Mindfulness is associated with psychological health and moderates the impact of fibromyalgia

Abstract

Objective

Previous studies suggest mindfulness is associated with pain and depression. However, its impact in individuals with fibromyalgia remains unclear. We examined associations between mindfulness and physical and psychological symptoms, pain interference, and quality of life in fibromyalgia patients.

Methods

We performed a cross-sectional analysis on baseline data from a fibromyalgia clinical trial. Mindfulness was assessed using the Five Facet Mindfulness Questionnaire (FFMQ). Pearson’s correlations and multivariable linear regression models were used to evaluate associations between mindfulness and fibromyalgia impact, pain interference, physical function, depression, anxiety, stress, self-efficacy, and health-related quality of life. We also examined whether mindfulness moderated associations between fibromyalgia impact and psychological outcomes.

Results

A total of 177 participants (age 52.0 ± 12.2 (SD) years; 93.2% women; 58.8% white; body mass index 30.1 ± 6.7 kg/m2; FFMQ score 131.3 ± 20.7; Revised Fibromyalgia Impact Questionnaire score 57.0 ± 19.4) were included. Higher total mindfulness was significantly associated with lower fibromyalgia impact (r = − 0.25), pain interference (r = − 0.31), stress (r = − 0.56), anxiety (r = − 0.58), depression (r = − 0.54), and better mental health-related quality of life (r = 0.57). Describing, Acting-with-awareness, and Non-judging facets of mindfulness were also associated with these outcomes. Mindfulness moderated the effect of fibromyalgia impact on anxiety (interaction P = 0.01).

Conclusion

Higher mindfulness is associated with less pain interference, lower impact of fibromyalgia, and better psychological health and quality of life in people with fibromyalgia. Mindfulness moderates the influence of fibromyalgia impact on anxiety, suggesting mindfulness may alter how patients cope with fibromyalgia. Future studies should assess how mind-body therapies aiming to cultivate mindfulness may impact the well-being of patients with fibromyalgia.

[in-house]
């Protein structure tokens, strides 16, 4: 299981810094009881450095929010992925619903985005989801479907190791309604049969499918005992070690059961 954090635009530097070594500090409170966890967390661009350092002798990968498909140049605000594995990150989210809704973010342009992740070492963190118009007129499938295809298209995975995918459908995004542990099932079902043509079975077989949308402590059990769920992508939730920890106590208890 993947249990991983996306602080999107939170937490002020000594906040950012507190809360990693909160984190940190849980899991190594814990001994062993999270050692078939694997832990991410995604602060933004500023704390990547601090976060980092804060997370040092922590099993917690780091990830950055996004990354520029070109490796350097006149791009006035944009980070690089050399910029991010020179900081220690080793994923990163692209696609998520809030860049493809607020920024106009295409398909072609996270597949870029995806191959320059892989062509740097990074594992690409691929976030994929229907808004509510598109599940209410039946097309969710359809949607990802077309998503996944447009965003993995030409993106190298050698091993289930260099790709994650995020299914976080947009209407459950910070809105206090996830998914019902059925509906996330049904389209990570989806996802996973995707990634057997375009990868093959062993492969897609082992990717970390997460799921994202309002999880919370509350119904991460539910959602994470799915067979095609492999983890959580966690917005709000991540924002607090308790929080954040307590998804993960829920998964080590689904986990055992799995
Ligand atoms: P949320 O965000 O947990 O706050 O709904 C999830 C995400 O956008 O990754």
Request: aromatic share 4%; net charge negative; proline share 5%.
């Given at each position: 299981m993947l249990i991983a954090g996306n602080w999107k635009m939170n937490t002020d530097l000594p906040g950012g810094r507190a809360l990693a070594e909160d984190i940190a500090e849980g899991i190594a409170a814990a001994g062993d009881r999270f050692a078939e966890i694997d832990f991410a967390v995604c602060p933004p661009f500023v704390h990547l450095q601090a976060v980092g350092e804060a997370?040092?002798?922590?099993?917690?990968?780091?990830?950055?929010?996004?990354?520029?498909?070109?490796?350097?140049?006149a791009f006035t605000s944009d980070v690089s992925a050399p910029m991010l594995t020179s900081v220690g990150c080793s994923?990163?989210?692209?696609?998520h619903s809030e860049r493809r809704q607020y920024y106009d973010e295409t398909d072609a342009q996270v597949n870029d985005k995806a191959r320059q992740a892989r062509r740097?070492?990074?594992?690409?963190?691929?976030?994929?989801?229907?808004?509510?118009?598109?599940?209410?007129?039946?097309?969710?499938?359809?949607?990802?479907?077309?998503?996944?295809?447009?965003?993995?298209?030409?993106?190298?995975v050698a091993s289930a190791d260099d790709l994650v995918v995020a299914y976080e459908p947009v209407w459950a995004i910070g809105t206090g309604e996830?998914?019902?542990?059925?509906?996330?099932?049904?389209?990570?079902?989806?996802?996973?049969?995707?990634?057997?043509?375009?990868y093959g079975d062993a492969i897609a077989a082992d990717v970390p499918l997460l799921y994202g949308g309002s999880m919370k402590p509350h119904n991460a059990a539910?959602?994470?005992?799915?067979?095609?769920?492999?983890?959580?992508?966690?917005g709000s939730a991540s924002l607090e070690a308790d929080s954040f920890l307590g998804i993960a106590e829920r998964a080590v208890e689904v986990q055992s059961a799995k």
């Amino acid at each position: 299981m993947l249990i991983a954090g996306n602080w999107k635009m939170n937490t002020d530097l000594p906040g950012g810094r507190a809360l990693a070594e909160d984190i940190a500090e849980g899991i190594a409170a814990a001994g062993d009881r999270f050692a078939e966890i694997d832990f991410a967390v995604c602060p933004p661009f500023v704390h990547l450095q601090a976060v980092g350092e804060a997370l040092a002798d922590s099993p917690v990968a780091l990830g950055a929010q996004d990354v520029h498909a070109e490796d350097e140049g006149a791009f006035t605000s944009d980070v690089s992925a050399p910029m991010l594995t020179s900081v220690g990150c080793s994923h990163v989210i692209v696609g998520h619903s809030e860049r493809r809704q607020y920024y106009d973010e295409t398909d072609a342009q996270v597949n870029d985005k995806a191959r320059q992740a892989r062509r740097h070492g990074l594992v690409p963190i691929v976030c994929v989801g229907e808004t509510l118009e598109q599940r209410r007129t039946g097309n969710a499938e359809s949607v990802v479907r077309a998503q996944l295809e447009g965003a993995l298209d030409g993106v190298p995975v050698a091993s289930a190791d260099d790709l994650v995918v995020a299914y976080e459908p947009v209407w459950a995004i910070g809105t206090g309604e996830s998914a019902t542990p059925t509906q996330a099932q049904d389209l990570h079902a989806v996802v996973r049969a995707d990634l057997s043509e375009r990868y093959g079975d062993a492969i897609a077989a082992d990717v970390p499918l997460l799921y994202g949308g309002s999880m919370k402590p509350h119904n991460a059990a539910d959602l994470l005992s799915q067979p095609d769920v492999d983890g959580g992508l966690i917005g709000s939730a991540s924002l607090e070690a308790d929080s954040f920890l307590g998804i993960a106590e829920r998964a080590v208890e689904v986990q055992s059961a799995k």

Key points

• Higher mindfulness was associated with better psychological health and lower overall impact of fibromyalgia.

• Mindfulness moderated the relationship between overall fibromyalgia impact and anxiety.

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Funding

This work was supported by the National Center for Complementary and Integrative Health of the National Institutes of Health (NCCIH) [R01AT006367, K24AT007323, K23AT009374]; the National Center for Research Resources, National Institutes of Health [UL1RR025752]; and the National Center for Advancing Translational Sciences, National Institutes of Health [UL1TR000073, UL1TR001064]. The contents of this manuscript are solely the responsibility of the authors and do not necessarily represent the official views of the NCCIH. The investigators are solely responsible for the content of the manuscript and the decision to submit for publication.

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All authors were involved in drafting the article or revising it critically for important intellectual content, and all authors approved the final version to be published. Chenchen Wang had full access to all of the data in the study and takes responsibility for the integrity of the data.

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Correspondence to Chenchen Wang.

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Pleman, B., Park, M., Han, X. et al. Mindfulness is associated with psychological health and moderates the impact of fibromyalgia. Clin Rheumatol 38, 1737–1745 (2019). https://doi.org/10.1007/s10067-019-04436-1

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Keywords

  • Anxiety
  • Depression
  • Fibromyalgia
  • Mindfulness
  • Pain
  • Quality of life
  • Stress